There are a bunch of good pics on my camera which I haven’t downloaded because they include a couple that aren’t so good–of some baby animals the kids found in the woodpile that looked a whole lot like newborn rats. I’m too squeamish to look at them.
So today’s post will be unillustrated. Next time.
I’m deep in the throes of sleep deprivation, and it feels so prolonged, so never-ending, that I’m feeling semi-defeated by it. Last night, I was cleaning up puke (another story, not so long; it wasn’t mine, it was a child’s), off and on till 1am, every hour or so till the source was declared completely empty, when finally I slept. Then was woken every hour till sometime after 3 when I managed to string two full hours of sleep together, then it was back to the broken stuff–in and out of bed, answering multiple calls. I’m a firm believer that to feel really well-rested, you need three consecutive uninterrupted hours of sleep. This has become so rare as to feel like a meaningless prescriptive. CJ still nurses twice a night, or more, and Fooey is often up once to use the bathroom, and last night … well, when the puking started I really thought I might suffer a nervous breakdown. This is the fourth time since December that someone (usually a solid family majority) has gotten “the barfing thing.” Look, I know that life with six people in one house is complicated. I accept this. Life generally is complicated. Bodies are vulnerable and imperfect. I get all of that. But I feel suddenly sapped of my ability to appreciate the fun. There is fun, right? Everything feels so damn serious. I’d like to appreciate, for example, getting dressed up and dancing. I’d like to rest, to let my mind slow down, to read a book all the way through, to stand still in the sunshine, to sit down.
To go and whine no more.
He’s sprouted his first tooth! Given our other children’s record with cavities, we decided to waste no time. The bristles probably felt good on those gums. Fooey is this evening’s photographer.
Son CJ will be a year on March 29. He can now enter a room, say, the kitchen, and open all cupboard doors not rubber-banded shut and empty them in a matter of seconds. Last night, while I did dishes, he layered the floor with baking trays and muffin tins, which made a most satisfying crash as they landed. He then got stuck head-first in the corner cupboard. Then he practiced opening and closing the heavy kitchen drawers and attempting to heave-ho the largest of the pasta pots. Nothing delights him more than to march about hoisting high an implement at least three times his height: brooms, hockey sticks, et cetera. He also loves to toot on a plastic recorder or bang a drum, and will stop mid-stride at the sound of a good dance beat to bop up and down. I’ve also just realized he is talking to us using actual words–“da do” for thank you, “na-na” for nurse and/or mama, head shake for “no,” “ma” for more, et cetera. He waves bye-bye, and last night climbed the stairs in the dark (guess he’s put aside his fear of heights) and ran into big brother Albus’s room to wave an enthusiastic and loving goodnight.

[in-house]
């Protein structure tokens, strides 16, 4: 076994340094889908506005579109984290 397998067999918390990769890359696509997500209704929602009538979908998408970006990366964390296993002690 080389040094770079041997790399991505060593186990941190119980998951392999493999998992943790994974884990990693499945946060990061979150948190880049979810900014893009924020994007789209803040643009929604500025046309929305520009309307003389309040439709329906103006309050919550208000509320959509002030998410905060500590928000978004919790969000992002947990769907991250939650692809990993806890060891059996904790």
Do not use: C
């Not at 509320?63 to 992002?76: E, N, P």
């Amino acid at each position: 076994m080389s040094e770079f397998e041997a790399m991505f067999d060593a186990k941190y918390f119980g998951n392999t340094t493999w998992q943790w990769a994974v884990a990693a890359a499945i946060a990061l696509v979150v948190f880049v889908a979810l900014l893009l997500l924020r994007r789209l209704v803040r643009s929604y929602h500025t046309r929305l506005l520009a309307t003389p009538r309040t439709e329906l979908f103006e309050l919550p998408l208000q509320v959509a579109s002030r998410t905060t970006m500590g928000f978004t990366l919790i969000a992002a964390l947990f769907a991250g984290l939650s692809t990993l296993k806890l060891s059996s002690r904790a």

Ah memories. Can you tell I’m trying to distract myself from worrying about another subject entirely?
Well, that was short-lived. CJ spent at least half the night in our bed. I’m not sure whether this was because I was too tired to move him out, or because everytime I did move him out he seemed to reappear again. I went to bed at the same time he did last night. 9:30. I’m pretty sure Apple-Apple was still awake (she has these torturous prolonged bedtimes, seemingly endless cries for water bottle or kleenex or jammies are too itchy or she’s too hot or too cold or she just can’t fall asleep.) Lucky for us all, once asleep she’s as sound as they come.
In any case, I was grouchy. Bed seemed the best option. The serenity following our holiday, which I’d optimistically planned to keep, uh, forever, has dissipated ever so fractionally amidst the hairiness of schedule, of having to be somewhere at a particular time. Mostly, it’s dragging children to events in which they have no stake that’s hardest. Fooey and CJ bundled up and tossed in the stroller to take the big kids to school. I’d complain too. CJ woken out of a nap and dragged along to Fooey’s music class, where for entertainment he has his mother, a banana, and an empty hallway. Et cetera. No matter how organized, how much time I’ve left, there comes a moment when I’m shouting, “Put on your snowpants, now!” and then regretting it instantly (Fooey hates shouting). Or worse, “We’re leaving without you!” Never true, and rarely motivating, as the kid has no interest in coming anyway. But I’ve been doing some deep breathing and back-tracking and attempting to focus on the larger picture: does it matter if we’re five minutes late for Fooey’s music class? Or for anything? I don’t want to become cavalier about responsibility, just realize that rushing accomplishes little except to put everyone in a lousy mood.
It’s interesting how my mood really affects the mood of the household.
It’s also interesting, if unrelated, that our family ate an entire loaf of homemade bread for breakfast yesterday morning–and CJ and I ate oatmeal instead. That’s slightly alarming when contemplating future appetites, and my own plans to bake all of our bread from scratch. Because I’d gone to bed early last night, I woke up early and started a fresh batch of bread. My life revolves around food.
So far, so good, in the eating out of our stores experiment. I’m planning to do a regular Sunday update and round-up on food.